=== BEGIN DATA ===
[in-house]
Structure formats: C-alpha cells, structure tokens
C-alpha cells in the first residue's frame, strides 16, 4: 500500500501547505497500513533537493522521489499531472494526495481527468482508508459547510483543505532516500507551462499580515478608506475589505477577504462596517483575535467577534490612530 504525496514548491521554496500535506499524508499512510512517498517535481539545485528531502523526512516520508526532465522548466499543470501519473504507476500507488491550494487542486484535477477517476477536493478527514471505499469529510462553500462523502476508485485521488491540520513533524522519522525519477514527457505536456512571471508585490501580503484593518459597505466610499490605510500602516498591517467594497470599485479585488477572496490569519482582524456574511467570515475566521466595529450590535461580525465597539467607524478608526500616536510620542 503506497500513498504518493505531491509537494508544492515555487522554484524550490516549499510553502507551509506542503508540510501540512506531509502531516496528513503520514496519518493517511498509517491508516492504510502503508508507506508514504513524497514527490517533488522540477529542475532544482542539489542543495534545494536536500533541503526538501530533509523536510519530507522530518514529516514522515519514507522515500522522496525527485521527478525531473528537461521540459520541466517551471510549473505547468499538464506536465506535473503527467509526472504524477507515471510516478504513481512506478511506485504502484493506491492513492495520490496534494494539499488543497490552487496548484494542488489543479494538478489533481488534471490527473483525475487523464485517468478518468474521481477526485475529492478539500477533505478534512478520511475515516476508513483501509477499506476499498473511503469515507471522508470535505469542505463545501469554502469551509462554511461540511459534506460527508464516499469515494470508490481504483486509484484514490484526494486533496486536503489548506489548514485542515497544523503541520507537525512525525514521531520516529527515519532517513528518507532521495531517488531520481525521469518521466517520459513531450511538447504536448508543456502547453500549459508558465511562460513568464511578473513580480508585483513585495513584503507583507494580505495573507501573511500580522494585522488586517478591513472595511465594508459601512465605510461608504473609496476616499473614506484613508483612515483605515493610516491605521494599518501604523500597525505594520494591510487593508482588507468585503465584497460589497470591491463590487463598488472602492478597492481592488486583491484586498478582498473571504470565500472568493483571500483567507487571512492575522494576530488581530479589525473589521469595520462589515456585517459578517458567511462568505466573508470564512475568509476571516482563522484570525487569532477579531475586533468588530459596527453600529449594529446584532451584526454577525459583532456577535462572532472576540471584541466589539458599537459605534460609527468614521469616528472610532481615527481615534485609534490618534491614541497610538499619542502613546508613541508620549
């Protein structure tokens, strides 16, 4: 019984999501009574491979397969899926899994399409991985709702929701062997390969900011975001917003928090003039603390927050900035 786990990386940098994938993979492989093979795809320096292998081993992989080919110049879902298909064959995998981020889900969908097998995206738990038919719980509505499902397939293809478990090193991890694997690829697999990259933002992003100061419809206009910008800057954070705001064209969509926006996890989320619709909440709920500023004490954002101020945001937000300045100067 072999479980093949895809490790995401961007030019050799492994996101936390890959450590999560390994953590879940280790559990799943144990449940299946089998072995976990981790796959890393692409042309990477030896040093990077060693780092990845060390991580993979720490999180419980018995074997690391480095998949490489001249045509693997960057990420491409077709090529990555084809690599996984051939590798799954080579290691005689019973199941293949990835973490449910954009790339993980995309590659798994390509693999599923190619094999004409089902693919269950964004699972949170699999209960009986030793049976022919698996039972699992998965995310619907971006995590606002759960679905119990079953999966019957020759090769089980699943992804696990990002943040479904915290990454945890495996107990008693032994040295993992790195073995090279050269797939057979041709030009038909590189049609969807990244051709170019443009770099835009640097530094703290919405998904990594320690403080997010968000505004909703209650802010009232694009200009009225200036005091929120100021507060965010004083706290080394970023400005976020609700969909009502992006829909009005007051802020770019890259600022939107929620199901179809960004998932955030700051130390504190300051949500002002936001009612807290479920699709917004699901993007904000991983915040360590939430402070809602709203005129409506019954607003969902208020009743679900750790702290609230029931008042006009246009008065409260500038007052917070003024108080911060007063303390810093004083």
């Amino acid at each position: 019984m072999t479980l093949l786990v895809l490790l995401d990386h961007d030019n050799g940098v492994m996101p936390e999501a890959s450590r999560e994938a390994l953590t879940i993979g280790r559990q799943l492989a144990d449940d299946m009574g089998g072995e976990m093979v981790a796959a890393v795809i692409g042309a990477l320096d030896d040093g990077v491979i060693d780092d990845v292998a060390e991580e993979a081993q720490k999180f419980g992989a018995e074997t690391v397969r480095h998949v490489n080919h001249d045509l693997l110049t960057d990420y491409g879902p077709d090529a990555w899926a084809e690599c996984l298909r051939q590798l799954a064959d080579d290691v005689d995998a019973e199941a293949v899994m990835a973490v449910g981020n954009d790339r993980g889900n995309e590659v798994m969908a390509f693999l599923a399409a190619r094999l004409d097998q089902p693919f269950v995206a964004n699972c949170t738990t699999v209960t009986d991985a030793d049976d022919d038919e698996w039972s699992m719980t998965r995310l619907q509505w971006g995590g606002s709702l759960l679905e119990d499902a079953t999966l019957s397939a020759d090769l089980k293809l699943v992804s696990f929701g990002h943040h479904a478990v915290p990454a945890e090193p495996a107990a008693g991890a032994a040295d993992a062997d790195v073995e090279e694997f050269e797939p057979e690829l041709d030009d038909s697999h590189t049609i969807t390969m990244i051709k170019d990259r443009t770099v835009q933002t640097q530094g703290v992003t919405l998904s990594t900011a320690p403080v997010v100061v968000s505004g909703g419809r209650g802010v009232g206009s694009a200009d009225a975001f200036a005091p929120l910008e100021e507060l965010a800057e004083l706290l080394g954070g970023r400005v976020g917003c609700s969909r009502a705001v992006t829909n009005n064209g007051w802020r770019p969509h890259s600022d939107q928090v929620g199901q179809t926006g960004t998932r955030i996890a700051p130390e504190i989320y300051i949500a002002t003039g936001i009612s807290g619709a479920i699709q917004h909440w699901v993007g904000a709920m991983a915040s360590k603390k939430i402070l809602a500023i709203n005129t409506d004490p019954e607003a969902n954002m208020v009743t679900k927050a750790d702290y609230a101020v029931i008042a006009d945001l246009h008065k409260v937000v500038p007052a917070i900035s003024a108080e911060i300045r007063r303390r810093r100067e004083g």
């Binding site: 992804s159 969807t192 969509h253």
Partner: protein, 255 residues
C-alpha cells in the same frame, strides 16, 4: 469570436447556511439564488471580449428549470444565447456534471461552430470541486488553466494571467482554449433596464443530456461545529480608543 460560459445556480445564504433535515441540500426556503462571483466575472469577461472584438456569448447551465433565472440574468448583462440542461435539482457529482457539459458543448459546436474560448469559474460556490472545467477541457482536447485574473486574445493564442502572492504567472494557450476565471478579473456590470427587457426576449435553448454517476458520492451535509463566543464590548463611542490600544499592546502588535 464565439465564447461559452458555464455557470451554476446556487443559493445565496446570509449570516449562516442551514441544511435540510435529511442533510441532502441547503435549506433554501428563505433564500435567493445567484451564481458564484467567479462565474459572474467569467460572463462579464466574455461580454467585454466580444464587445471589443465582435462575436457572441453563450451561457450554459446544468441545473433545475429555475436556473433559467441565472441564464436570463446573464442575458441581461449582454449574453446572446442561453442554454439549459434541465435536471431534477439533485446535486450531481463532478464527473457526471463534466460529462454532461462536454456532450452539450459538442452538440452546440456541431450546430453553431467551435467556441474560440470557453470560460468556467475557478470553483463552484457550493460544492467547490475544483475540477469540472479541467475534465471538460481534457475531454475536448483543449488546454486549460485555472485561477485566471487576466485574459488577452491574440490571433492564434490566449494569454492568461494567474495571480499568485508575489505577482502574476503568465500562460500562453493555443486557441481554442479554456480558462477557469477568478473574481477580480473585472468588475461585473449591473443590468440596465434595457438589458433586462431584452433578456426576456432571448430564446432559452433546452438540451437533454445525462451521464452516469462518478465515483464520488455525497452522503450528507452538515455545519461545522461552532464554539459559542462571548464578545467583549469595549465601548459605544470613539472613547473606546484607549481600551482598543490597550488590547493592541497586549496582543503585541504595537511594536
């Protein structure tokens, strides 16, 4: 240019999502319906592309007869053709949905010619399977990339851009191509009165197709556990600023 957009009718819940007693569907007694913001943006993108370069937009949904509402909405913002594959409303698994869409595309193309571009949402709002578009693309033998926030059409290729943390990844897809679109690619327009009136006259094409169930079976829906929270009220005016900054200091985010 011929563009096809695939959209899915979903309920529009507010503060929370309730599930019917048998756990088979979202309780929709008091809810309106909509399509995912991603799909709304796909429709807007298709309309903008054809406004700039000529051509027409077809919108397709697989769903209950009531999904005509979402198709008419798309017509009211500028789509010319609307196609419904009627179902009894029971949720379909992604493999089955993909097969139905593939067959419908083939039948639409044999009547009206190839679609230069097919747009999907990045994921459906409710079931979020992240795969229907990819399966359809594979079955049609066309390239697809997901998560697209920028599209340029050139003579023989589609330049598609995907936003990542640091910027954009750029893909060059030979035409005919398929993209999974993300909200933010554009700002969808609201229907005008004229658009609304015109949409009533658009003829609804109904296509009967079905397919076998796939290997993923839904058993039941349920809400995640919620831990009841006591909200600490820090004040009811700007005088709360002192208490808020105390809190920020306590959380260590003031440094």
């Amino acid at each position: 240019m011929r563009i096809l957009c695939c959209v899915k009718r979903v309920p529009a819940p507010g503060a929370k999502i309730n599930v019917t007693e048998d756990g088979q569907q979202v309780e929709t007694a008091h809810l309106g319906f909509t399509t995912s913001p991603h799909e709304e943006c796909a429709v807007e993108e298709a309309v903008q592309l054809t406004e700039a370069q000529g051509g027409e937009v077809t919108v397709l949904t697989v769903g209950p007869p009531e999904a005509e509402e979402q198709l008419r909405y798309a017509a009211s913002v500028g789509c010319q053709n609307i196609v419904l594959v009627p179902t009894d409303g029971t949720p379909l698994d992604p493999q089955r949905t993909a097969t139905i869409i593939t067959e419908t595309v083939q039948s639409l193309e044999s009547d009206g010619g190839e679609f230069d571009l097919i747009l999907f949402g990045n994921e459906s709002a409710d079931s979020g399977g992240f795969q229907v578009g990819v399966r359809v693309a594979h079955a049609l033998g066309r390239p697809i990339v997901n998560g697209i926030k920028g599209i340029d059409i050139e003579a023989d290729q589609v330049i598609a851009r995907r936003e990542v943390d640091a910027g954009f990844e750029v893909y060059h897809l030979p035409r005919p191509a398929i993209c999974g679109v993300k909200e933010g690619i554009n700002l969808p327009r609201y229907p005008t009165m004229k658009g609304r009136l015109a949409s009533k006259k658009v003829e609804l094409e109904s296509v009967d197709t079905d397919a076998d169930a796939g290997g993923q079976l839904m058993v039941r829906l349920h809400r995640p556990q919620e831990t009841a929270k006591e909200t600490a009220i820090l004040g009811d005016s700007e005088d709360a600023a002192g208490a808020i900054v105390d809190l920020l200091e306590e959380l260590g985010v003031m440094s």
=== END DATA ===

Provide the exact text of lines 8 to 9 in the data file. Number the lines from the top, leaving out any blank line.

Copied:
C-alpha cells in the same frame, strides 16, 4: 469570436447556511439564488471580449428549470444565447456534471461552430470541486488553466494571467482554449433596464443530456461545529480608543 460560459445556480445564504433535515441540500426556503462571483466575472469577461472584438456569448447551465433565472440574468448583462440542461435539482457529482457539459458543448459546436474560448469559474460556490472545467477541457482536447485574473486574445493564442502572492504567472494557450476565471478579473456590470427587457426576449435553448454517476458520492451535509463566543464590548463611542490600544499592546502588535 464565439465564447461559452458555464455557470451554476446556487443559493445565496446570509449570516449562516442551514441544511435540510435529511442533510441532502441547503435549506433554501428563505433564500435567493445567484451564481458564484467567479462565474459572474467569467460572463462579464466574455461580454467585454466580444464587445471589443465582435462575436457572441453563450451561457450554459446544468441545473433545475429555475436556473433559467441565472441564464436570463446573464442575458441581461449582454449574453446572446442561453442554454439549459434541465435536471431534477439533485446535486450531481463532478464527473457526471463534466460529462454532461462536454456532450452539450459538442452538440452546440456541431450546430453553431467551435467556441474560440470557453470560460468556467475557478470553483463552484457550493460544492467547490475544483475540477469540472479541467475534465471538460481534457475531454475536448483543449488546454486549460485555472485561477485566471487576466485574459488577452491574440490571433492564434490566449494569454492568461494567474495571480499568485508575489505577482502574476503568465500562460500562453493555443486557441481554442479554456480558462477557469477568478473574481477580480473585472468588475461585473449591473443590468440596465434595457438589458433586462431584452433578456426576456432571448430564446432559452433546452438540451437533454445525462451521464452516469462518478465515483464520488455525497452522503450528507452538515455545519461545522461552532464554539459559542462571548464578545467583549469595549465601548459605544470613539472613547473606546484607549481600551482598543490597550488590547493592541497586549496582543503585541504595537511594536
């Protein structure tokens, strides 16, 4: 240019999502319906592309007869053709949905010619399977990339851009191509009165197709556990600023 957009009718819940007693569907007694913001943006993108370069937009949904509402909405913002594959409303698994869409595309193309571009949402709002578009693309033998926030059409290729943390990844897809679109690619327009009136006259094409169930079976829906929270009220005016900054200091985010 011929563009096809695939959209899915979903309920529009507010503060929370309730599930019917048998756990088979979202309780929709008091809810309106909509399509995912991603799909709304796909429709807007298709309309903008054809406004700039000529051509027409077809919108397709697989769903209950009531999904005509979402198709008419798309017509009211500028789509010319609307196609419904009627179902009894029971949720379909992604493999089955993909097969139905593939067959419908083939039948639409044999009547009206190839679609230069097919747009999907990045994921459906409710079931979020992240795969229907990819399966359809594979079955049609066309390239697809997901998560697209920028599209340029050139003579023989589609330049598609995907936003990542640091910027954009750029893909060059030979035409005919398929993209999974993300909200933010554009700002969808609201229907005008004229658009609304015109949409009533658009003829609804109904296509009967079905397919076998796939290997993923839904058993039941349920809400995640919620831990009841006591909200600490820090004040009811700007005088709360002192208490808020105390809190920020306590959380260590003031440094």